The Data Protection Act 1998 (“the DPA”) provides a legislative framework that is principle based, rather that one which is centred around lots of prescriptive rules. This approach is continued under the GDPR and Article 5(1) of the GDPR sets out 6 principles that are broadly similar to the 8 principles currently found in Schedule 1 to the DPA. The idea of accountability has been implicit in the field of data protection and privacy for some time now; however, the GDPR introduces explicate requirements around accountability, which can be found in Article 5(2).
The accountability principle means that data controllers will not only be responsible for ensuring compliance with the principles in Article 5(1) of the GDPR, but will also be responsible for being able to demonstrate compliance with the principles in Article 5(1). The GDPR also ends the current position whereby the statutory obligations all fall upon the data controller; data processors have certain statutory obligations under the GDPR and they will also have to demonstrate complaince with their obligations.
The accountability principle essentially means that there is an expectation that organisations will have in place comprehensive, but proportionate, governance measures. Many aspects of good practice that the ICO has recommended for a long time, such as privacy impact assessments (known as “Data Protection Impact Assessments” under the GDPR) and privacy by design, will be required in certain circumstances under the GDPR. They, of course, remain good practice where there is no legal obligation.
Under the DPA, data controllers are subject to a notification requirement which means that they must register with the ICO every year and pay a fee. As part of the notification procedure, data controllers give the ICO certain information about what personal data they are processing and how they are using it. The GDPR does away with the requirement to notify the ICO (it should be noted that the UK Parliament has already passed legislation which, if formally commenced, would re-introduce the registration requirement), but part of the accountability requirements under the GDPR requires certain data controllers to keep internal records of their processing activities. It is likely that the ICO will want to see these records when conducting any of its responsibilities as the supervisory authority. It would probably be considered good practice for all data controllers to keep such records, even if the GDPR does not require it.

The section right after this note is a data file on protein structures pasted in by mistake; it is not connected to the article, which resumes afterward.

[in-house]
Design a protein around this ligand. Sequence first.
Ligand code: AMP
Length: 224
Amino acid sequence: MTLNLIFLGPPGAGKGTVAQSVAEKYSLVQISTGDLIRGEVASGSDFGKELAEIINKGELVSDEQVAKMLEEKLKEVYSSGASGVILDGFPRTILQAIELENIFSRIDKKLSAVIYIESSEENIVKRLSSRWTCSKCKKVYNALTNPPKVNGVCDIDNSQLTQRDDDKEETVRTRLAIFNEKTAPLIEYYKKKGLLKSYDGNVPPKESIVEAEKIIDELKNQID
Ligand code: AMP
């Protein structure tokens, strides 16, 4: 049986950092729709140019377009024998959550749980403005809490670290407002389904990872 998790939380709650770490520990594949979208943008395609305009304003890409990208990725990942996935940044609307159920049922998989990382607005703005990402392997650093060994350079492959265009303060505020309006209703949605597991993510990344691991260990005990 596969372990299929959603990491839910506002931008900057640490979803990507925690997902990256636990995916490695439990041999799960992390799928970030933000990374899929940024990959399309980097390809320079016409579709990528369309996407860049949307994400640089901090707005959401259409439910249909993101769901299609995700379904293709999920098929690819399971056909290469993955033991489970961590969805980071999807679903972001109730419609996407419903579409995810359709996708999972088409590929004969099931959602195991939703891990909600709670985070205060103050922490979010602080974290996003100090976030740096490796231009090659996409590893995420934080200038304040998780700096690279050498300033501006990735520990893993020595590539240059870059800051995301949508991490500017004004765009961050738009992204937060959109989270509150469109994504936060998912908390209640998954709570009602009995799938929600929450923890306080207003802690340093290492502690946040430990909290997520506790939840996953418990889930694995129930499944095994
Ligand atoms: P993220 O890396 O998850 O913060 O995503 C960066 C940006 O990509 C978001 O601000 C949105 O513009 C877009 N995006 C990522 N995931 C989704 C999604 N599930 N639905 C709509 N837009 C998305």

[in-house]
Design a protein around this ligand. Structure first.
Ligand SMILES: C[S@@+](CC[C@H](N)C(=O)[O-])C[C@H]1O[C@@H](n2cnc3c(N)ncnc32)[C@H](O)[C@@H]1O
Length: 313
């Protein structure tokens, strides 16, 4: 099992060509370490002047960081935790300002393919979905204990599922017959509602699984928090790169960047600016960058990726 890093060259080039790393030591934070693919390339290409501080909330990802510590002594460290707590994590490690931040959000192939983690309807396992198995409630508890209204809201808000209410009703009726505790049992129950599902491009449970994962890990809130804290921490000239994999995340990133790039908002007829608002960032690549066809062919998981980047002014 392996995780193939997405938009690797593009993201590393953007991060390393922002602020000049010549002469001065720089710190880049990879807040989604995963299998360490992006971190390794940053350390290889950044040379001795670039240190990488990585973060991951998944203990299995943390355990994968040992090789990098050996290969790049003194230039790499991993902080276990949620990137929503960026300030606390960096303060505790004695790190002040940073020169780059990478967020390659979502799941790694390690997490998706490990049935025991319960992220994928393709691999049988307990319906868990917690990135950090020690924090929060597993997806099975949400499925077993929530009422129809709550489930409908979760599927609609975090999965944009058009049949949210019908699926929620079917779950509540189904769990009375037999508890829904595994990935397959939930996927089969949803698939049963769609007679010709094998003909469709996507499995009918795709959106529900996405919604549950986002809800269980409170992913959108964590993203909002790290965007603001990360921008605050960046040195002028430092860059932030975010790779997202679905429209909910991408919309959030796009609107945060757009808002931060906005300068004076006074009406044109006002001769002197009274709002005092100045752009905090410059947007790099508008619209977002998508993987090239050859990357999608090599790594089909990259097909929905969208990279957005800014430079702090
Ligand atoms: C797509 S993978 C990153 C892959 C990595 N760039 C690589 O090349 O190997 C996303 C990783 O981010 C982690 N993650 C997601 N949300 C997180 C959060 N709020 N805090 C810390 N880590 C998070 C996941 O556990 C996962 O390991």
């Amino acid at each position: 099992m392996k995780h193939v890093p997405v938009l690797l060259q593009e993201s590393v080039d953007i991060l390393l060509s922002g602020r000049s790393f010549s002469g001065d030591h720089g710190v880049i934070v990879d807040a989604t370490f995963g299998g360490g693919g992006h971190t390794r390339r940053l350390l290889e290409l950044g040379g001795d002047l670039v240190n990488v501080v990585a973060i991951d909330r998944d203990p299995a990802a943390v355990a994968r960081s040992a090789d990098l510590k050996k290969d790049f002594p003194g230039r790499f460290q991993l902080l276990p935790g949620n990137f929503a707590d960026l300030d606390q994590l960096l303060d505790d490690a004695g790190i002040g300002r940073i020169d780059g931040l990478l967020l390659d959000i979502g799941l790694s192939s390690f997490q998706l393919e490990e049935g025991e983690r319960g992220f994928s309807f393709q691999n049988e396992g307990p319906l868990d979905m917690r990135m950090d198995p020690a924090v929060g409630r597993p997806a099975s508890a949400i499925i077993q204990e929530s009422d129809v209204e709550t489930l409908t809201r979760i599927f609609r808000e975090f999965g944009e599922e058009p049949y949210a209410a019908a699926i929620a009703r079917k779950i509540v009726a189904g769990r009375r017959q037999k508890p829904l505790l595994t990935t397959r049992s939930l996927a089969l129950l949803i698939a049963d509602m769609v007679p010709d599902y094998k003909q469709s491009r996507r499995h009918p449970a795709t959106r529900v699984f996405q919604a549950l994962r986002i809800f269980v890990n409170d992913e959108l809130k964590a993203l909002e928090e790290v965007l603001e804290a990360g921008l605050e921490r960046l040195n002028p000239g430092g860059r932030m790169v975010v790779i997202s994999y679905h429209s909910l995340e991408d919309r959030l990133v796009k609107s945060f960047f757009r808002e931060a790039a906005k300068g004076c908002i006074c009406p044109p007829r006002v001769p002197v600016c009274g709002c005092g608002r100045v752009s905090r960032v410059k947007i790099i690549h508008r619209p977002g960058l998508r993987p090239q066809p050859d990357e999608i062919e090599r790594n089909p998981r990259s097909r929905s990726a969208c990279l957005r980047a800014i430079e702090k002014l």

All organisations with 250 or more employees are required to keep records of their processing activities. Furthermore, organisations with fewer than 250 employees are required to maintain records of activities related to higher risk processing, such as processing personal data that could result in a risk to the rights and freedoms of individual; or processing of special categories of personal data or criminal convictions and offences.
Accountability under the GDPR is all about being able to demonstrate compliance with the law. This will require organisations to have in place good policies and procedures and also a strong culture around record keeping.
If you would like advice on the accountability principle of the General Data Protection Regulation, or any other information law matter, then you can contact Alistair on 0345 450 0123 or by completing the form on the contact page of this blog. Alternatively, you can send him an E-mail directly.